It feels like there should be, at this point, a denouement where ‘I’, as the author of this, orchestrate some situation whereby a heretofore larger-than-life all-right other all-of-a-sudden rips open a tightly buttoned outergarment to expose the matching ‘I’ they’ve been wearing like the stigmata all this time. The little key that wept blood. But again, again, the finding, the exploring, the naming and the shaming in any context, the multiplicity of the concept of context, proves to be a false promise.

Scapegoating, blameshifting, duplicity, betrayal and an outing of that still holds centre stage. But, with great respect to Nathaniel Hawthorne and his truth-to-power resolution, my experience is that this isn’t how things fall out. Where there ought to be a scaffolding, there is an expanding silence. The only difference is that there is relief in this silence. Minnehaha, Madeline, or whoever, from beyond the grave or back from a multiplicity of deaths – some by her own acts of betrayal – and decades of laid-waste land is here and trying to figure out – as the true silence spreads out – what would ‘I‘ have been saying all this time if things hadn’t been as they were.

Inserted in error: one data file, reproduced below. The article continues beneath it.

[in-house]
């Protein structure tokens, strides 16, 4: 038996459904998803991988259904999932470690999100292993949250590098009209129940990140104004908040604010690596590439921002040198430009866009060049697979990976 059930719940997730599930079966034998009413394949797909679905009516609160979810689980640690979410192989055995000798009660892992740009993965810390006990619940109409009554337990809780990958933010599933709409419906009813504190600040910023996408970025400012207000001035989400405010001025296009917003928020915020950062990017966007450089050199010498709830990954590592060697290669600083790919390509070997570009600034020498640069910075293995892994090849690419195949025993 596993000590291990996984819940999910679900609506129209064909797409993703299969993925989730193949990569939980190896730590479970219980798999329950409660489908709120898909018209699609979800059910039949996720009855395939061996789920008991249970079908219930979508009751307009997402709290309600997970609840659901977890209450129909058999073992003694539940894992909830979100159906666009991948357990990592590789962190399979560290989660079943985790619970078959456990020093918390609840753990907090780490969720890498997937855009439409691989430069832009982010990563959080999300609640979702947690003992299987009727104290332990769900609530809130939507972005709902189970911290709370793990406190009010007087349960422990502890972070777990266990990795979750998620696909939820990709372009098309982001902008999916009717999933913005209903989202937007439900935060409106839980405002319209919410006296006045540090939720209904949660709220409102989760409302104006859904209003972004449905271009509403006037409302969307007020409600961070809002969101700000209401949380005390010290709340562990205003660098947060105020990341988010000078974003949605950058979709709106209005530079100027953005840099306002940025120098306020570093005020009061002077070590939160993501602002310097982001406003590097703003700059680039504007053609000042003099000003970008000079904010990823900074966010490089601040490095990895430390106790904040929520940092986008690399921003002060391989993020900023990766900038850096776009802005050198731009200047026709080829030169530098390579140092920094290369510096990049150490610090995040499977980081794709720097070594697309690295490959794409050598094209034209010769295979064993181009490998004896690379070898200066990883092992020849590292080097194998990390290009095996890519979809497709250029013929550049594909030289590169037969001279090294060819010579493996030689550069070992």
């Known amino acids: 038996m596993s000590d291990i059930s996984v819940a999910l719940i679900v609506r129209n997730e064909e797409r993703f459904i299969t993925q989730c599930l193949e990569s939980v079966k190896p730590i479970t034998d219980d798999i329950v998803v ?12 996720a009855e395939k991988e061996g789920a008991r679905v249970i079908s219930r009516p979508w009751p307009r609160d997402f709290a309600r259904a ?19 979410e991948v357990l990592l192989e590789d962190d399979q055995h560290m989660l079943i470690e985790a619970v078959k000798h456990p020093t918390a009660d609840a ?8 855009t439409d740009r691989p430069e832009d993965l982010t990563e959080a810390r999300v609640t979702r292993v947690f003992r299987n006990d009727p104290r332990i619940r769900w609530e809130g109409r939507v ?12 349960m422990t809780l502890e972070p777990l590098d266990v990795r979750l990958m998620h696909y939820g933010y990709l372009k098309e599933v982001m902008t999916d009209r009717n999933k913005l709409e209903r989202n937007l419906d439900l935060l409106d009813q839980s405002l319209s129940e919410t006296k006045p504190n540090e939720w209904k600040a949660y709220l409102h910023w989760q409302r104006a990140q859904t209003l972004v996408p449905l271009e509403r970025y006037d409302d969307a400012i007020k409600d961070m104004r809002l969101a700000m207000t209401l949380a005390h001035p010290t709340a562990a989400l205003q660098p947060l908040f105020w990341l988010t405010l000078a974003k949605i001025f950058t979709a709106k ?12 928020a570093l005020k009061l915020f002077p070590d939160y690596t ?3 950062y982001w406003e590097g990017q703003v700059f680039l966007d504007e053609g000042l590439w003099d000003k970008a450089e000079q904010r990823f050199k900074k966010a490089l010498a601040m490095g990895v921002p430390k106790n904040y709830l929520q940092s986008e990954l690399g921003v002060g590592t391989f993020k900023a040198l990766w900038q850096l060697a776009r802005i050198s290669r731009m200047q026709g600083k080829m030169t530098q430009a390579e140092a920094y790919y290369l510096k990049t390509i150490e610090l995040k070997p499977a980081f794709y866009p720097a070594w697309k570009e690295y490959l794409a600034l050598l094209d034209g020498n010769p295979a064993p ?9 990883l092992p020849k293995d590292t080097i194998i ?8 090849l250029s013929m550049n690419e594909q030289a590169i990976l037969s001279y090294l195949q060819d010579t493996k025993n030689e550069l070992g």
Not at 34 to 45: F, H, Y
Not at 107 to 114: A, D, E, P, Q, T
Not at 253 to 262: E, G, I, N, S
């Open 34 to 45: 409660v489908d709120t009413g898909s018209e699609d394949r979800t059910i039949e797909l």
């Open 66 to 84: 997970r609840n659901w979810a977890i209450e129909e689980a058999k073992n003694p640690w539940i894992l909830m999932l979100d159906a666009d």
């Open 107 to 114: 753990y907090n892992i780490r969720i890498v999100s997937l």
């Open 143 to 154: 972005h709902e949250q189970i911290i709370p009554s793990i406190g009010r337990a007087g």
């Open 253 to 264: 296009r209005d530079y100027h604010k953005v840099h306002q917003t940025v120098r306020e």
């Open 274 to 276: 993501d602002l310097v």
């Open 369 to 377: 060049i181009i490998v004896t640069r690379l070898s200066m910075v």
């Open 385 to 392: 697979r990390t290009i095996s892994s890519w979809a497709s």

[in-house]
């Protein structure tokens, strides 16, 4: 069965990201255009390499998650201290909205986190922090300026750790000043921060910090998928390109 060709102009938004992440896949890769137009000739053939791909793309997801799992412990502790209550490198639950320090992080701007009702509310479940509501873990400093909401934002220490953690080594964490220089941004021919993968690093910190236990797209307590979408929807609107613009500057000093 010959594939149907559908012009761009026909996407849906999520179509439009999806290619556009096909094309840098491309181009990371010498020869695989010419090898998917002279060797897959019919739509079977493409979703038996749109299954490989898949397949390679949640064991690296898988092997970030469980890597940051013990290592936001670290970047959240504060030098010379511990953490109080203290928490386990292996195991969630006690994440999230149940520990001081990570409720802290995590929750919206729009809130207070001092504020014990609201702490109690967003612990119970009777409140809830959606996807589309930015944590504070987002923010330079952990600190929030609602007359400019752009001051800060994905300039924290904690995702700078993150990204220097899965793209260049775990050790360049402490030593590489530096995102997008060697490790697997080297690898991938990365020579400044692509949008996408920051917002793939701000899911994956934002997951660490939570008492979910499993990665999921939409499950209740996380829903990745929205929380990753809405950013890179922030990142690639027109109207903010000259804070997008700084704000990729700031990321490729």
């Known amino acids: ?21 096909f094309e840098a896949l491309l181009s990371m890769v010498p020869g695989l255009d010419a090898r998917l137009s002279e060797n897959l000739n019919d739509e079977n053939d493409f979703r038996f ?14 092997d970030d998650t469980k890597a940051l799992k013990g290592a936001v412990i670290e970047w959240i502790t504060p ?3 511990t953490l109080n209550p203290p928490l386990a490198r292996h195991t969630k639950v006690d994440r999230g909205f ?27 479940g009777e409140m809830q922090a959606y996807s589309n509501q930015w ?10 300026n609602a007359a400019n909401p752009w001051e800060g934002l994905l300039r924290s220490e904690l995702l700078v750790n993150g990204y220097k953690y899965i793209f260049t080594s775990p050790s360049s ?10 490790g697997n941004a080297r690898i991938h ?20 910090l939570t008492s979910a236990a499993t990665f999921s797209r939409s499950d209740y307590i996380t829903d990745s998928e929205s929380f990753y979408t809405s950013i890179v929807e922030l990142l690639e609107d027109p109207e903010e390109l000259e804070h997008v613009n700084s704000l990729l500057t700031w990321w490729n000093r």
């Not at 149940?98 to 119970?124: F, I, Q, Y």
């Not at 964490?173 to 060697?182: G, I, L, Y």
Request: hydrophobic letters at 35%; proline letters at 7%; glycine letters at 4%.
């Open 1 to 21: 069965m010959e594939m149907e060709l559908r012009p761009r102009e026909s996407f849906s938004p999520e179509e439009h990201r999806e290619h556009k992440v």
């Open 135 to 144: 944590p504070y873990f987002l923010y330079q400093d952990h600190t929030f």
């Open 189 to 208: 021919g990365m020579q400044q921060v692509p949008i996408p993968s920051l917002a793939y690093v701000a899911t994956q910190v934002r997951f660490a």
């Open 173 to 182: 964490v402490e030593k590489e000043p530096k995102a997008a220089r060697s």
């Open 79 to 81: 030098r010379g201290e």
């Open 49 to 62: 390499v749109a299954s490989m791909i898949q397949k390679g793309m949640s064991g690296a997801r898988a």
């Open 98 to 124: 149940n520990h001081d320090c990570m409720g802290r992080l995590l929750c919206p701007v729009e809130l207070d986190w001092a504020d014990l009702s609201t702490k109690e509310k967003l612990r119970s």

4’33” minutes was a mighty silence for a music composition. A minute does for unthinkable atrocities – how are years to be acknowledged?

Coming in mid-way through the final installment

If you do not come, these do not matter.
If you do come, these do not matter.”
– Rumi ‘A Great Wagon’